Wowaonsila – Compassion
Wowayuonihan – Respect: seeing others as sacred
Wowachitanka – Generosity
Wo’ksape – Wisdom from living the ceremonies
Wowahwala – Humility: putting the welfare of the people first
Wo’ohitike – Bravery to face adversity and protect others
Wachante Oyate – Being patient, silent, observant: being the heart of the people
When we were old enough we were instructed to meet the spirits in the “Inipi” ceremony, the sweat lodge, and develop a good relationship with them. This happened over time and through observing how the older people prepared themselves and conducted themselves inside the lodge. It was important to sweat every week or several times a week for four years before we went “on the hill” to pray and fast.
I remember walking up the long winding dirt road that rolled across the hills between my trailer and my uncle’s house where we made the fire and prepared the Inipi for the night’s ceremony. Sometimes it was raining and thunder and rolled across the sky with flashes of lightning, sometimes it was so hot I wondered how hot it would be in the ceremony, other times I was uncovering the firewood from a foot of snow and we could hardly see through the freezing winds whipping a white curtain of snowflakes around us. We always knew that each of these elements were our relatives and they had come to help us, instruct us and give us exactly what we needed for that day. We were shown how to get firewood, split it, and build the ceremony fire in the correct order. We learned to get the water in a sacred manner and offer the prayers and tobacco to thank the Spirits for the help they provided us. In this way, we were activating the relatedness connections between our own DNA and the energies of our ancestors which are present when we follow these prescribed ancient instructions. My role as a helper and a young boy who had pledged to learn the traditions was to also bring in the stones from the fire or to place them in the pit. Sometimes if you were not careful you would get burned, but I was expected to be strong and the sacrifice was worth it because of the great value of being able to serve my family. After at least four years of intensive instruction some of us were pledged to participate in the fasting ceremonies which took place in early June on the reservation.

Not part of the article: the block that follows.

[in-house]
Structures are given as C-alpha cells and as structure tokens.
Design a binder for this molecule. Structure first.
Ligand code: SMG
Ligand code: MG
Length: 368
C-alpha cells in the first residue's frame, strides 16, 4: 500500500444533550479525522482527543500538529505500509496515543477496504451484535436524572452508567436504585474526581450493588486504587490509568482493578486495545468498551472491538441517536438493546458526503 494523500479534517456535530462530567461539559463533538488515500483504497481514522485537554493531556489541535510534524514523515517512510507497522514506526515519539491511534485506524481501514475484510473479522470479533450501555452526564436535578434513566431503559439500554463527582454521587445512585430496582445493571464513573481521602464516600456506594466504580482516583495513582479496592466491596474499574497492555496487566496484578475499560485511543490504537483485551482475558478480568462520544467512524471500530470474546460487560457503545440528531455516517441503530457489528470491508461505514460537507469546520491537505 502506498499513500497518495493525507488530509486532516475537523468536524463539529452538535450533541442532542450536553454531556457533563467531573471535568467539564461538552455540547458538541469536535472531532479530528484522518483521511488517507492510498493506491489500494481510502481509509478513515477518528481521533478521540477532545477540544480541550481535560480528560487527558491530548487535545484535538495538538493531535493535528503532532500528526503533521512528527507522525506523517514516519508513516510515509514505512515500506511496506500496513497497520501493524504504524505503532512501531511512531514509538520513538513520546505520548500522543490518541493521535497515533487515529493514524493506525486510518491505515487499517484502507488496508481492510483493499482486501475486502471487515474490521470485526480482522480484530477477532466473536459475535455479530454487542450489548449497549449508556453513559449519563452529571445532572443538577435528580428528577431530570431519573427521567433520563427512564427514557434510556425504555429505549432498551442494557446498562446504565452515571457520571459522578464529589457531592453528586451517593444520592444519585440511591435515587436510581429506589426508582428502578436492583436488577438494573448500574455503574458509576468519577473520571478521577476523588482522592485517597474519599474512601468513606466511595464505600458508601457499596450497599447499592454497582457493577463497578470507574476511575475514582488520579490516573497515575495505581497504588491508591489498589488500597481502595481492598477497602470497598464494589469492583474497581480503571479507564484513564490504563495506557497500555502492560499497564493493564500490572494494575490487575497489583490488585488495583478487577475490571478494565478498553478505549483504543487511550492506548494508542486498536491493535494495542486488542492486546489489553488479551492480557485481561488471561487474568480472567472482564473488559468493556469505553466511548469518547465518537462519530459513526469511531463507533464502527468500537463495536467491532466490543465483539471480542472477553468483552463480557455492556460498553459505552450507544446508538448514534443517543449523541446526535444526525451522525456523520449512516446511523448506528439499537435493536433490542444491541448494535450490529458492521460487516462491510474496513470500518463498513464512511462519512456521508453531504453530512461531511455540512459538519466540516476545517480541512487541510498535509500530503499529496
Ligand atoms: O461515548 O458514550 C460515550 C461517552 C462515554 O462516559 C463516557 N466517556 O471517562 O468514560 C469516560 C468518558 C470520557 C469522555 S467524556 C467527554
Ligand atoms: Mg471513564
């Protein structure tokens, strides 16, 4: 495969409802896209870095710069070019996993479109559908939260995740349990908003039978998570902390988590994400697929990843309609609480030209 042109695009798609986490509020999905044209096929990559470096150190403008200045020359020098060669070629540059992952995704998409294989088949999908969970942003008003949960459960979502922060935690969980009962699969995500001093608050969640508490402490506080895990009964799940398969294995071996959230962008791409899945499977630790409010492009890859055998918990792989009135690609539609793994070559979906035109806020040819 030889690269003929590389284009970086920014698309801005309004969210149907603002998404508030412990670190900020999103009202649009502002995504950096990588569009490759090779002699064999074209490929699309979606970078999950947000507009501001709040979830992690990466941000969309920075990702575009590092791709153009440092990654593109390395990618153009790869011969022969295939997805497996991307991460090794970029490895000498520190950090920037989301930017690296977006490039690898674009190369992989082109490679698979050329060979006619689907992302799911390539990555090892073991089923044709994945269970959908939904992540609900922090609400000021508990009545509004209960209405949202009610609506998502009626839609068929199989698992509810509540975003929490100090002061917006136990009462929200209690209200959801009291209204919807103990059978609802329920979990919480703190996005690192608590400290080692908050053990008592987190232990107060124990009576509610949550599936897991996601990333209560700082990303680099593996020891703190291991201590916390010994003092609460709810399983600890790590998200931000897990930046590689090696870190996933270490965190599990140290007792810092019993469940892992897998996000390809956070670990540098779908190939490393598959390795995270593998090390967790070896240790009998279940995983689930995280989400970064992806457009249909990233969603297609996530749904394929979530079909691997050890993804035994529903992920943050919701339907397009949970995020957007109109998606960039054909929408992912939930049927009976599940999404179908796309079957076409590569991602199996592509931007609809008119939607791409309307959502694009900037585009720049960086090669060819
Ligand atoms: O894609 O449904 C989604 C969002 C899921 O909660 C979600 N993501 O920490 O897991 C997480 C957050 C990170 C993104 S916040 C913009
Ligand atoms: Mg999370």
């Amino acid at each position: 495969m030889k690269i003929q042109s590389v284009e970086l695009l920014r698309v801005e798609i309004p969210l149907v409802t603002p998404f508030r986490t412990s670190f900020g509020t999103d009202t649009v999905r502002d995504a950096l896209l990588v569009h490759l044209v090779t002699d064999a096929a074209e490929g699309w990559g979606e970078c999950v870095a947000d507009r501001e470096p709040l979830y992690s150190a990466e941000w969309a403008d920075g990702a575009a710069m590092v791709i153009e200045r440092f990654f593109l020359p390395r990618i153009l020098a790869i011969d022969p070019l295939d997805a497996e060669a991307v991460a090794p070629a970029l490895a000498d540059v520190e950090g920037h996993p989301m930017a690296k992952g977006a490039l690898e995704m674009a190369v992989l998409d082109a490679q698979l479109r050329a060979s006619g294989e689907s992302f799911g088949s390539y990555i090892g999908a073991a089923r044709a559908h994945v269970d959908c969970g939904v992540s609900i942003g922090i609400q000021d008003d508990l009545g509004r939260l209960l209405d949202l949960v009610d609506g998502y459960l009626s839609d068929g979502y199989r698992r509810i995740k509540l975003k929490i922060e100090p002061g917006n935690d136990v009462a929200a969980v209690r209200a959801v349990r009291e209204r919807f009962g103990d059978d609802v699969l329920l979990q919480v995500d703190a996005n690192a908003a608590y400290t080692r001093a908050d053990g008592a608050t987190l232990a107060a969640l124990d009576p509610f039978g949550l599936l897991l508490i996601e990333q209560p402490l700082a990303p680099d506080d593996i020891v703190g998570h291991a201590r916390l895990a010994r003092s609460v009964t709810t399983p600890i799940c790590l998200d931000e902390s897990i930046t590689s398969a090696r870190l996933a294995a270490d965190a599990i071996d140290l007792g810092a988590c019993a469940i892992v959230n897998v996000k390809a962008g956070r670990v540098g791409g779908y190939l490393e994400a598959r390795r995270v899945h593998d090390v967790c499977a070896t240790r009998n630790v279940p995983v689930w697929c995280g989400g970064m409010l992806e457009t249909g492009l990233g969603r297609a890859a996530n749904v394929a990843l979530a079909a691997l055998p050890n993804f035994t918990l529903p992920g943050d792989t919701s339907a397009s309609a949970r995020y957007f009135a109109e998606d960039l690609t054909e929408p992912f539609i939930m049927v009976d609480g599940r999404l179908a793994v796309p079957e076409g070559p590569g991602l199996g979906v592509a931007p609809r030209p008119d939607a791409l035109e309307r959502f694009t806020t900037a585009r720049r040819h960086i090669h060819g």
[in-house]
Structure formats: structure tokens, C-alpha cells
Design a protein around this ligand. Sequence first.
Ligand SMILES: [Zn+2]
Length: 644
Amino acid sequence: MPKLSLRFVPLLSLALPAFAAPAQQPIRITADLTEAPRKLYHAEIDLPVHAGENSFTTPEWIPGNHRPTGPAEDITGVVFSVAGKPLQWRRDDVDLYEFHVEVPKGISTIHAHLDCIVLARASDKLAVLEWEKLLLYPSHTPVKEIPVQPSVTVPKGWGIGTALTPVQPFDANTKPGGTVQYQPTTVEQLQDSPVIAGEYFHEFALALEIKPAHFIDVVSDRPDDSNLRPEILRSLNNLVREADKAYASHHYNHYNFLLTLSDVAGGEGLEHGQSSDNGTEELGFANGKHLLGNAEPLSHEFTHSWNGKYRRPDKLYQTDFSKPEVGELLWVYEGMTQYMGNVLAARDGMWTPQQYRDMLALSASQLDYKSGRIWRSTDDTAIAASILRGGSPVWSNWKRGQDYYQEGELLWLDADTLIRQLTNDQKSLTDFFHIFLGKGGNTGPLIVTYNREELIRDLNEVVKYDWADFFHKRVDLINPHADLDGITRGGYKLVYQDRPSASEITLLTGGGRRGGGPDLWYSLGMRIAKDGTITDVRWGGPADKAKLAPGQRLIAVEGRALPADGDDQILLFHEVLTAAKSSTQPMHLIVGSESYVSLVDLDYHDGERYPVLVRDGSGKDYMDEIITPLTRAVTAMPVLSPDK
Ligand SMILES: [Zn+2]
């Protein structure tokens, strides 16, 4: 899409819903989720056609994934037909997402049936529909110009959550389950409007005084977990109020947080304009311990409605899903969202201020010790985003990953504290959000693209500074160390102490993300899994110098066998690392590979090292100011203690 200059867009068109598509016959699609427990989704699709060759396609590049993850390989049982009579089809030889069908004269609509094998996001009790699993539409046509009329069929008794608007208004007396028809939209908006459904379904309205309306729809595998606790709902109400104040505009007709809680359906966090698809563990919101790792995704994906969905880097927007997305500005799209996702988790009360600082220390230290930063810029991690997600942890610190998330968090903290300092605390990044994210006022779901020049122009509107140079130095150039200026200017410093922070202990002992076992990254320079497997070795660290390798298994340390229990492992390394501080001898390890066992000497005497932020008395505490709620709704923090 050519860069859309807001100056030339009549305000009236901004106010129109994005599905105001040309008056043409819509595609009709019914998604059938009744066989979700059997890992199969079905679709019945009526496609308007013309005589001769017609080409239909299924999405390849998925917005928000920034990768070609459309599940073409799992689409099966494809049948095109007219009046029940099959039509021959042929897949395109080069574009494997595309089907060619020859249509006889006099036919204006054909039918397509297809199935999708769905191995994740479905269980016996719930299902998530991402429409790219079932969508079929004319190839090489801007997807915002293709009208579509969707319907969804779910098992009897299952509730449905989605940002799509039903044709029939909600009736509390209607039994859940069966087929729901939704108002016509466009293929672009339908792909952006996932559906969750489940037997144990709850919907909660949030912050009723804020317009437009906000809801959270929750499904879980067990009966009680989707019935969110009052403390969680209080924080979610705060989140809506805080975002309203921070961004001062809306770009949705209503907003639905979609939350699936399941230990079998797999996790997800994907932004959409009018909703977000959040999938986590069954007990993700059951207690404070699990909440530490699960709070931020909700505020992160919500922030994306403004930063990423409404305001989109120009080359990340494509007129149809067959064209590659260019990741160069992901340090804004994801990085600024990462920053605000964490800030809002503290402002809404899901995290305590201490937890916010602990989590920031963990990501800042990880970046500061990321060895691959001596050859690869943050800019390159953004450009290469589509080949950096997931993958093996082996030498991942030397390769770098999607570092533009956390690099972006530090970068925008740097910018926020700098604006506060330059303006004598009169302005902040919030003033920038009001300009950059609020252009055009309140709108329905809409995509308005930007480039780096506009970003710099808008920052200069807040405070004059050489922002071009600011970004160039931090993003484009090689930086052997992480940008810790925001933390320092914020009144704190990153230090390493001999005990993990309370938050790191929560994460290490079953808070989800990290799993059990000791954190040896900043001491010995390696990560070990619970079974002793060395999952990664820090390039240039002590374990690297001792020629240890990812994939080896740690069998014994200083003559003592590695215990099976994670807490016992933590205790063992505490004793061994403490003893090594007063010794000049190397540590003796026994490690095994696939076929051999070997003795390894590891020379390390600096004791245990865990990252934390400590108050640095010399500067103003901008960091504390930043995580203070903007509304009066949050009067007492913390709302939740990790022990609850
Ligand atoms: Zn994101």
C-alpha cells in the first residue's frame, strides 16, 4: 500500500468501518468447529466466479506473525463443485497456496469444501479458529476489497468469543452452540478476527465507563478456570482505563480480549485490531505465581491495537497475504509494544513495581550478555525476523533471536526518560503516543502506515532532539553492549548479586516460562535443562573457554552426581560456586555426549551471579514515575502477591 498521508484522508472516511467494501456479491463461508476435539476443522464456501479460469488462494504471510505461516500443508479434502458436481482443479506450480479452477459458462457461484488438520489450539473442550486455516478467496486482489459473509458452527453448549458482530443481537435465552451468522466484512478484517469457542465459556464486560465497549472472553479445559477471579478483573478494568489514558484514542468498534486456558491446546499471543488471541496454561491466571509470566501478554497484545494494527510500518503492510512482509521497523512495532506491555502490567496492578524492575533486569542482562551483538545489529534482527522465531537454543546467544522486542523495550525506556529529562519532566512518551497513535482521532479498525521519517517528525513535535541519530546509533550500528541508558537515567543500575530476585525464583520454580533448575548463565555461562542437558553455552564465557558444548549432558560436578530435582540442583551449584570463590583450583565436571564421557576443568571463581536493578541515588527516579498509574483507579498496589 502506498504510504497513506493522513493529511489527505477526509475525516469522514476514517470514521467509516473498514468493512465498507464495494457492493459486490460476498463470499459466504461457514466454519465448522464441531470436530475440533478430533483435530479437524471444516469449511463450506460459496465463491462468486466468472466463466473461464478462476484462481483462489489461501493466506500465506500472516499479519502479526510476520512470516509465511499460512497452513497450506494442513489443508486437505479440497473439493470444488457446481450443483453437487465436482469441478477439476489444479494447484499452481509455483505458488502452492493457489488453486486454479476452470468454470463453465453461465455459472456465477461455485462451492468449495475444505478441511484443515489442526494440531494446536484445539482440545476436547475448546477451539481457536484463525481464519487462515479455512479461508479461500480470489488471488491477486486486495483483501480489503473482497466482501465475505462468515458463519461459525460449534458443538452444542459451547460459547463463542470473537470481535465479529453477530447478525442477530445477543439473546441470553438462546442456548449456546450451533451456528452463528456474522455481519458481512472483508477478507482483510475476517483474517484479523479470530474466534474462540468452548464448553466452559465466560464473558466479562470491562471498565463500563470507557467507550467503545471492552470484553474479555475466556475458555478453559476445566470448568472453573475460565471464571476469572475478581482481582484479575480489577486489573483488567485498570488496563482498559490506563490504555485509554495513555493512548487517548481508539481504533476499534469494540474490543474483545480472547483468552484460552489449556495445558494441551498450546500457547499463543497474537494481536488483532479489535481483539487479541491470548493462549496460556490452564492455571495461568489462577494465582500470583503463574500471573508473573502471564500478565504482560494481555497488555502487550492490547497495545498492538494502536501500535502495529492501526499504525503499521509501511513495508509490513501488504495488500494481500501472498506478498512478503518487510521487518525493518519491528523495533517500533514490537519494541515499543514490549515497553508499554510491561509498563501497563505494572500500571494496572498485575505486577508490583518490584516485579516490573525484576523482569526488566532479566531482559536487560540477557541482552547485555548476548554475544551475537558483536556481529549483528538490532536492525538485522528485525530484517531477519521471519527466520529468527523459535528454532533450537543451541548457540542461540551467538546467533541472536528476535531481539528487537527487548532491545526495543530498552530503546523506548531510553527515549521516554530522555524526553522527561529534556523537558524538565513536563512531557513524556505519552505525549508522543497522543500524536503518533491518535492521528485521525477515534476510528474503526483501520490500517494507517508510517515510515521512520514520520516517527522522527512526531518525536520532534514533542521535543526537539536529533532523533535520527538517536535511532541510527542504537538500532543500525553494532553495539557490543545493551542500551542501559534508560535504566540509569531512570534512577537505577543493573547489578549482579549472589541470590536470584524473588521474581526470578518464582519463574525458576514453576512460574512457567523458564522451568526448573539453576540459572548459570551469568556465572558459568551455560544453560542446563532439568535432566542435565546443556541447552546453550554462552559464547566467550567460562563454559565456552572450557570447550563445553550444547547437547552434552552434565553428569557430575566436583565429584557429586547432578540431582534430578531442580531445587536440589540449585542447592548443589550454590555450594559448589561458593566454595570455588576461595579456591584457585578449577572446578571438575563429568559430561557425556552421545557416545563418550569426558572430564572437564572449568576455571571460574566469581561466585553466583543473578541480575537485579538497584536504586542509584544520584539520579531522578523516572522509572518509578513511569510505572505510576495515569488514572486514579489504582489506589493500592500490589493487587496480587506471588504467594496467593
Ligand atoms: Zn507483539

The fasting ceremony we refer to as “going on the hill”, is called “hanblecheya”, to cry through the night. Crying is an important action step in integrating humility into ourselves. It draws the good helping spirits close to us by telling them we must not do these things on our own. We need their compassion and support. This is what the spirits exist for and they recognize their purpose and they will always fulfill it. We must train in the Inipi. The hanblecheya required we commit to stay in the “hochoka” or sacred space with only our shorts left on us, a blanket and our Canunnpa as protection. We pledged to remain on the hilltop overlooking the rolling grassy prairie for four days and four nights with no food, no water, no sleep and no other people there to comfort us. Over the years I went to hanblecheya fourteen times. Twice I went in the snows and freezing temperatures of winter. One year Arvol’s father left me up there for six days and nights. He later told us that the Spirits had told him I was to stay with them longer than the four days I believed I was fasting.